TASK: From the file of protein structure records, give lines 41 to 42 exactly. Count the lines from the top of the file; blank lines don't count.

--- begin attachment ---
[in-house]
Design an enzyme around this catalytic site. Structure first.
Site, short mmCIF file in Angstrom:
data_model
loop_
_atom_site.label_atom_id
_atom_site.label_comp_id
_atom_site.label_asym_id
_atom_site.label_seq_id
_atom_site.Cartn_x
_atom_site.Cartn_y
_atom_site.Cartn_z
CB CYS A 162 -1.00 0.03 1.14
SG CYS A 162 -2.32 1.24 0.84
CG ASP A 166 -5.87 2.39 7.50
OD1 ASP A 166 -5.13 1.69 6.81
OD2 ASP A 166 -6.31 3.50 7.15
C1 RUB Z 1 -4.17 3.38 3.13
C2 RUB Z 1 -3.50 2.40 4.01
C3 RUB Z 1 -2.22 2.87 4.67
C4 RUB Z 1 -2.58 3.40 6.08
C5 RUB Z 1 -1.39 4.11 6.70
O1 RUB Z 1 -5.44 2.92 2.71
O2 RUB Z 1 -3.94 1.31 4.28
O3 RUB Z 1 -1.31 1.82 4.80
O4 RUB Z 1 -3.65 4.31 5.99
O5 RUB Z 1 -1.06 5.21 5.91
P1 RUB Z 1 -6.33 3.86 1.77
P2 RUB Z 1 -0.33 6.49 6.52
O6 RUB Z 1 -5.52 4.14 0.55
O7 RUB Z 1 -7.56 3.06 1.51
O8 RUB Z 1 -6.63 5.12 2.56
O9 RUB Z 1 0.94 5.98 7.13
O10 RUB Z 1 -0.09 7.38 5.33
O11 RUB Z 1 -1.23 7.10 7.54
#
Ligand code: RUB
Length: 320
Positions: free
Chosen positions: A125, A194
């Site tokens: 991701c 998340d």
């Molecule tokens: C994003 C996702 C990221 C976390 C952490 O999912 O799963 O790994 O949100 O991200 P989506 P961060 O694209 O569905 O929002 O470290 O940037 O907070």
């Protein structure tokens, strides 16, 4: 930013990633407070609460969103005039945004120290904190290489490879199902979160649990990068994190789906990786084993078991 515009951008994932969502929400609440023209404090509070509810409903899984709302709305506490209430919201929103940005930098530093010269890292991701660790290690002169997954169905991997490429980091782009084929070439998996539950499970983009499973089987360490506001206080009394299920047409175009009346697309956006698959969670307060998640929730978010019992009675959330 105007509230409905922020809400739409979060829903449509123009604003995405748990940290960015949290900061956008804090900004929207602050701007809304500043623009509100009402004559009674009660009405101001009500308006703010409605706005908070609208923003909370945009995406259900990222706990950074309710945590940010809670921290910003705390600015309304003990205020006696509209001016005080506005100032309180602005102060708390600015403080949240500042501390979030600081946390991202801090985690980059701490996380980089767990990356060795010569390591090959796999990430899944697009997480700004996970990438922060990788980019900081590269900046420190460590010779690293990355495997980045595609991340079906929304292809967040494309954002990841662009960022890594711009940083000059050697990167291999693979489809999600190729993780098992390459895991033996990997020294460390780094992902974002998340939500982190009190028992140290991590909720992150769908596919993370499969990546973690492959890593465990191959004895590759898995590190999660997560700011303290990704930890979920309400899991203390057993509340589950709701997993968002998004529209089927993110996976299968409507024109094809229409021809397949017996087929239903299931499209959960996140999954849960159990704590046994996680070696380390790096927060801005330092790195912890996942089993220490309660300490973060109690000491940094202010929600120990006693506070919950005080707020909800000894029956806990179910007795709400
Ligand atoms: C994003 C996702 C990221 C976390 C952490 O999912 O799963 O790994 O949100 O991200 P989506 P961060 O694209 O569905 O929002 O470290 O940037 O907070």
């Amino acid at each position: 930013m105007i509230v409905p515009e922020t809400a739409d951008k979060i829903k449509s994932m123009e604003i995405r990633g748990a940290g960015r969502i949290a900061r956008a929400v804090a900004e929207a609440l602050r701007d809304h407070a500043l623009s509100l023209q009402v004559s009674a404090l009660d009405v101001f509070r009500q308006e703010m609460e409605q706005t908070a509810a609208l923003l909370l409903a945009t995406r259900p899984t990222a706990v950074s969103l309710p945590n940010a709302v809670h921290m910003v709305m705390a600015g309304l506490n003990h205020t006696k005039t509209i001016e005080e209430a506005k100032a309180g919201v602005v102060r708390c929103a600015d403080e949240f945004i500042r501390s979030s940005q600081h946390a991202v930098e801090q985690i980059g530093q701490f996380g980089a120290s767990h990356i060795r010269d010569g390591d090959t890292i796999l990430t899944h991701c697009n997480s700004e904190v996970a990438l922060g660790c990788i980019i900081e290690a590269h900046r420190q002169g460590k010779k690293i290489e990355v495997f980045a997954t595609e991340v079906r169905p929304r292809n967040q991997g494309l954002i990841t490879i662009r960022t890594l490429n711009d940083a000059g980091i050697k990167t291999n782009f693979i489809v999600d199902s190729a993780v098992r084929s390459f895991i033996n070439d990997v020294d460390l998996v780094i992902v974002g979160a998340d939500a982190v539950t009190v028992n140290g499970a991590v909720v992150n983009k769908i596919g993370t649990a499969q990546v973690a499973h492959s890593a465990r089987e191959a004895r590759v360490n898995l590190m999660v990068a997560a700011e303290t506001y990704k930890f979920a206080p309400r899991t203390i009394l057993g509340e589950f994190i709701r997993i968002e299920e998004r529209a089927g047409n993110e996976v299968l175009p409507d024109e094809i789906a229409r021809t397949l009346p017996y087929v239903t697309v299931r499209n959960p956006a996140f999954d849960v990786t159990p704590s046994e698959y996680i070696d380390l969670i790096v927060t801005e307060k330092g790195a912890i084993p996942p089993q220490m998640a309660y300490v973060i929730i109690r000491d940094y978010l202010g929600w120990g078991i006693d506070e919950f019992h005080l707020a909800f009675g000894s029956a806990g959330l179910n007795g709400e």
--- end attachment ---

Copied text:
């Site tokens: 991701c 998340d």
């Molecule tokens: C994003 C996702 C990221 C976390 C952490 O999912 O799963 O790994 O949100 O991200 P989506 P961060 O694209 O569905 O929002 O470290 O940037 O907070």